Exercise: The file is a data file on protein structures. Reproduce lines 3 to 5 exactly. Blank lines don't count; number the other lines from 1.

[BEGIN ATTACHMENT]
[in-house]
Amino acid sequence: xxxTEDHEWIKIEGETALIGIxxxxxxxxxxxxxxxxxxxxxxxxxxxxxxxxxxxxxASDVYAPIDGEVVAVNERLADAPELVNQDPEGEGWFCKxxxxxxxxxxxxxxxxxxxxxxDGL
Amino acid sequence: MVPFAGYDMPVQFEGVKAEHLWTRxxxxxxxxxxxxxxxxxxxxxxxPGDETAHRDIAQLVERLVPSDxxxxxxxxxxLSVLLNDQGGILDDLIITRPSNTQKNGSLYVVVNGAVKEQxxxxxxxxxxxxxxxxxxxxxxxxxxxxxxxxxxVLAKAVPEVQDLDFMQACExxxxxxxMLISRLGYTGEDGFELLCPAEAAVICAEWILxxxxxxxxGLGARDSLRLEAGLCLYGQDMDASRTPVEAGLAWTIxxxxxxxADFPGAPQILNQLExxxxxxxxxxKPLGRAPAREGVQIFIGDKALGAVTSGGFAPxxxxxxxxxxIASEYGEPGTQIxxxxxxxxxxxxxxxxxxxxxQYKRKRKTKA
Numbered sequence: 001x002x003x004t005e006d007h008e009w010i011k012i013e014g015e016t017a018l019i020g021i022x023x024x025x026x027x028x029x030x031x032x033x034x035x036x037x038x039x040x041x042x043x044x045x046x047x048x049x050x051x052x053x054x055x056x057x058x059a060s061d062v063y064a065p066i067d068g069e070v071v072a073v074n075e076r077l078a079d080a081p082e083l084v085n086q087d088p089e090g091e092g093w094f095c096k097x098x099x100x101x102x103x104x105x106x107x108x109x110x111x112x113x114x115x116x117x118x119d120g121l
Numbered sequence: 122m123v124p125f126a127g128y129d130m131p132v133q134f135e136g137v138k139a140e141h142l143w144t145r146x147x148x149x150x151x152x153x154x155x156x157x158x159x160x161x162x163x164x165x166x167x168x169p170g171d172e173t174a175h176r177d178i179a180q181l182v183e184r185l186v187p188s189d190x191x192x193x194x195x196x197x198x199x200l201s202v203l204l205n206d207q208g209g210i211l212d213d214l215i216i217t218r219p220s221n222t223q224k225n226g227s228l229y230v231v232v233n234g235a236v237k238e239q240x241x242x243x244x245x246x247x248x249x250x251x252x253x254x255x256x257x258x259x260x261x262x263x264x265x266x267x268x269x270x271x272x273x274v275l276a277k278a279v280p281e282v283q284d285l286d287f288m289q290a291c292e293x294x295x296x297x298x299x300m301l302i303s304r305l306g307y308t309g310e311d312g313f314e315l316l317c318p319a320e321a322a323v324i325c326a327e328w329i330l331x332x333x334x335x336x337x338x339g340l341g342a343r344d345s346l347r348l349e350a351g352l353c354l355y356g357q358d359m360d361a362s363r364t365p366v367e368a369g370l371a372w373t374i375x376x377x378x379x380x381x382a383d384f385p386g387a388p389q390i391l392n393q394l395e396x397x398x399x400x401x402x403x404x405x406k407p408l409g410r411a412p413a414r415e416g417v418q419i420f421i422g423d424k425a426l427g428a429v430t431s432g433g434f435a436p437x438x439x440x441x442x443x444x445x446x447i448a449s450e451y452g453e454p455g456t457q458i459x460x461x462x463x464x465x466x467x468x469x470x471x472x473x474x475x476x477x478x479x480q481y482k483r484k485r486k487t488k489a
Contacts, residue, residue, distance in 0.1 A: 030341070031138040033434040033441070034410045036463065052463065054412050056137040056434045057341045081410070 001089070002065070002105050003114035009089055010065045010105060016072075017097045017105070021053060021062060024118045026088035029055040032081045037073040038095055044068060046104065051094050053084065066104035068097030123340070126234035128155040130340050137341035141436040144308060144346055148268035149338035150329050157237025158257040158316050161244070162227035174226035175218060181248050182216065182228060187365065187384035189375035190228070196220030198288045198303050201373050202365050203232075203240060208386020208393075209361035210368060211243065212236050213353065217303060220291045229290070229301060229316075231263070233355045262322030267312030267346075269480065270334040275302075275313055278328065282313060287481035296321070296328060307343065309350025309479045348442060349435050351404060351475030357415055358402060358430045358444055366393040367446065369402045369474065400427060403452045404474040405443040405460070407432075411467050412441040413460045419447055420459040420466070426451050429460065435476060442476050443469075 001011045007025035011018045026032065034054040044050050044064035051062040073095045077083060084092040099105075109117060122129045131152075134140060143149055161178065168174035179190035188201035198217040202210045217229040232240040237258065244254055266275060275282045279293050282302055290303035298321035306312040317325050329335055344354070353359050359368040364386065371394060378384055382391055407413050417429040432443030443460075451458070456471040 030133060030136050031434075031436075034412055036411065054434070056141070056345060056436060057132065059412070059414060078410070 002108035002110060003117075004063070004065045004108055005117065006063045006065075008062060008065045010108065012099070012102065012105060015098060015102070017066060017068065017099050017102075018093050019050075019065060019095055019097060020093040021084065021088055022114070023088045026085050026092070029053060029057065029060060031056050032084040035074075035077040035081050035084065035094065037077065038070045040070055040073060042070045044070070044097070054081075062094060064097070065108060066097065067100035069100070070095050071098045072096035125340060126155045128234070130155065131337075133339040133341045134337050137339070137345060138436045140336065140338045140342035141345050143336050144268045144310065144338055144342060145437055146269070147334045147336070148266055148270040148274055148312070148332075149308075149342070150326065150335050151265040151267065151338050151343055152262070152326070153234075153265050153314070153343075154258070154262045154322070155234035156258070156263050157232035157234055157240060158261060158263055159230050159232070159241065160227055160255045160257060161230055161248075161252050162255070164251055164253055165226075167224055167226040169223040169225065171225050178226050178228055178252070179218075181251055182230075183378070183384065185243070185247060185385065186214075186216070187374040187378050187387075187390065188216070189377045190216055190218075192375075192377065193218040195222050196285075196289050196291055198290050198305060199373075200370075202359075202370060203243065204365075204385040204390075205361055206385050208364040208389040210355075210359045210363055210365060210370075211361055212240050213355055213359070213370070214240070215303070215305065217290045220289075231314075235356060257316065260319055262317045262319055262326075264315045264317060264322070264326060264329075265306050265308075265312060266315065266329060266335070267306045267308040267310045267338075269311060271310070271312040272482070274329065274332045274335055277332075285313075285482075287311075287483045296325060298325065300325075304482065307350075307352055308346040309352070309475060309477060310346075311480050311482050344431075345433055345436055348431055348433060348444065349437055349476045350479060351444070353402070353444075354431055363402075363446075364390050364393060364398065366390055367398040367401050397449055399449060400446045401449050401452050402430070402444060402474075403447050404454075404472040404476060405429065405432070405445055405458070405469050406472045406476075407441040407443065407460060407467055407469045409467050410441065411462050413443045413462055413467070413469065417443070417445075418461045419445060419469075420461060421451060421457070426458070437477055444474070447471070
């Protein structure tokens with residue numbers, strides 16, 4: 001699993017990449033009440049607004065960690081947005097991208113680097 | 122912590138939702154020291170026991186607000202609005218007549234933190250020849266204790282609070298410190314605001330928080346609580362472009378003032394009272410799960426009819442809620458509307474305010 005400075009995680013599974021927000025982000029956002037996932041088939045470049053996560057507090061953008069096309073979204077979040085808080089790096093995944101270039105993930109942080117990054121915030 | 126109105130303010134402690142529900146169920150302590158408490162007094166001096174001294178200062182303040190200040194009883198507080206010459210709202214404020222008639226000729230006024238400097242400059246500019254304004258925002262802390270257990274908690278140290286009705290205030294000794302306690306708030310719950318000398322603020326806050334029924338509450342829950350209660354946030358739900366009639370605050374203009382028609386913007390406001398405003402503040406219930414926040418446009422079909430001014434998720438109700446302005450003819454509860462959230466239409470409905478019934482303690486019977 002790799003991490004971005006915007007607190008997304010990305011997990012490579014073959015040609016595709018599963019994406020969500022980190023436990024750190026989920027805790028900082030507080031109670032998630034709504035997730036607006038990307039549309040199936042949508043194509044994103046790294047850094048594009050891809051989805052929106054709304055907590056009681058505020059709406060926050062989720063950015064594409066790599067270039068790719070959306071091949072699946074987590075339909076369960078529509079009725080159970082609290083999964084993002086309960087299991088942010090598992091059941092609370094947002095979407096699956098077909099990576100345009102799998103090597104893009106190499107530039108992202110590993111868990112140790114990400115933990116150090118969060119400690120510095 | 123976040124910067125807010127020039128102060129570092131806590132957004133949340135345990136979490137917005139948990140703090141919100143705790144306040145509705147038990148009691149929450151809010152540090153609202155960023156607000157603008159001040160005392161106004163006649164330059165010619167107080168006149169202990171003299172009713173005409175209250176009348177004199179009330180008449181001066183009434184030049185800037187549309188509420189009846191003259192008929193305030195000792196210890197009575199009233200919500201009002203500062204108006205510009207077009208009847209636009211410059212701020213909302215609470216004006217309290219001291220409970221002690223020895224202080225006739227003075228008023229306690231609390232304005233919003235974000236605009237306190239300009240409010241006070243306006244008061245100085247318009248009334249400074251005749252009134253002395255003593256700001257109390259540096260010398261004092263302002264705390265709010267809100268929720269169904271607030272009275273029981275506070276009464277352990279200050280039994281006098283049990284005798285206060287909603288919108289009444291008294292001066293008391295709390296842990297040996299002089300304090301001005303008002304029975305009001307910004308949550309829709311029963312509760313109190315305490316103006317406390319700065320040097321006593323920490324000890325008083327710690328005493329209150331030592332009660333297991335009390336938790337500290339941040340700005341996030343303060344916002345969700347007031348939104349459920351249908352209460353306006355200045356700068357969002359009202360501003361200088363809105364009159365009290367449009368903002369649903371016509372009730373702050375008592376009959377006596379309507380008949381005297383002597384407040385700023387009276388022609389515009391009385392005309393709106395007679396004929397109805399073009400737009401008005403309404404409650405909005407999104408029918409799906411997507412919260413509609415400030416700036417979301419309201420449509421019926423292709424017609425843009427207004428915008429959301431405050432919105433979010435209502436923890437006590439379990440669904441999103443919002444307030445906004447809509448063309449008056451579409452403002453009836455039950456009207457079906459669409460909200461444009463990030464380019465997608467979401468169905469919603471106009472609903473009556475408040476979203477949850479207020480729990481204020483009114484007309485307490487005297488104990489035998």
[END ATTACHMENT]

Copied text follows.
Amino acid sequence: MVPFAGYDMPVQFEGVKAEHLWTRxxxxxxxxxxxxxxxxxxxxxxxPGDETAHRDIAQLVERLVPSDxxxxxxxxxxLSVLLNDQGGILDDLIITRPSNTQKNGSLYVVVNGAVKEQxxxxxxxxxxxxxxxxxxxxxxxxxxxxxxxxxxVLAKAVPEVQDLDFMQACExxxxxxxMLISRLGYTGEDGFELLCPAEAAVICAEWILxxxxxxxxGLGARDSLRLEAGLCLYGQDMDASRTPVEAGLAWTIxxxxxxxADFPGAPQILNQLExxxxxxxxxxKPLGRAPAREGVQIFIGDKALGAVTSGGFAPxxxxxxxxxxIASEYGEPGTQIxxxxxxxxxxxxxxxxxxxxxQYKRKRKTKA
Numbered sequence: 001x002x003x004t005e006d007h008e009w010i011k012i013e014g015e016t017a018l019i020g021i022x023x024x025x026x027x028x029x030x031x032x033x034x035x036x037x038x039x040x041x042x043x044x045x046x047x048x049x050x051x052x053x054x055x056x057x058x059a060s061d062v063y064a065p066i067d068g069e070v071v072a073v074n075e076r077l078a079d080a081p082e083l084v085n086q087d088p089e090g091e092g093w094f095c096k097x098x099x100x101x102x103x104x105x106x107x108x109x110x111x112x113x114x115x116x117x118x119d120g121l
Numbered sequence: 122m123v124p125f126a127g128y129d130m131p132v133q134f135e136g137v138k139a140e141h142l143w144t145r146x147x148x149x150x151x152x153x154x155x156x157x158x159x160x161x162x163x164x165x166x167x168x169p170g171d172e173t174a175h176r177d178i179a180q181l182v183e184r185l186v187p188s189d190x191x192x193x194x195x196x197x198x199x200l201s202v203l204l205n206d207q208g209g210i211l212d213d214l215i216i217t218r219p220s221n222t223q224k225n226g227s228l229y230v231v232v233n234g235a236v237k238e239q240x241x242x243x244x245x246x247x248x249x250x251x252x253x254x255x256x257x258x259x260x261x262x263x264x265x266x267x268x269x270x271x272x273x274v275l276a277k278a279v280p281e282v283q284d285l286d287f288m289q290a291c292e293x294x295x296x297x298x299x300m301l302i303s304r305l306g307y308t309g310e311d312g313f314e315l316l317c318p319a320e321a322a323v324i325c326a327e328w329i330l331x332x333x334x335x336x337x338x339g340l341g342a343r344d345s346l347r348l349e350a351g352l353c354l355y356g357q358d359m360d361a362s363r364t365p366v367e368a369g370l371a372w373t374i375x376x377x378x379x380x381x382a383d384f385p386g387a388p389q390i391l392n393q394l395e396x397x398x399x400x401x402x403x404x405x406k407p408l409g410r411a412p413a414r415e416g417v418q419i420f421i422g423d424k425a426l427g428a429v430t431s432g433g434f435a436p437x438x439x440x441x442x443x444x445x446x447i448a449s450e451y452g453e454p455g456t457q458i459x460x461x462x463x464x465x466x467x468x469x470x471x472x473x474x475x476x477x478x479x480q481y482k483r484k485r486k487t488k489a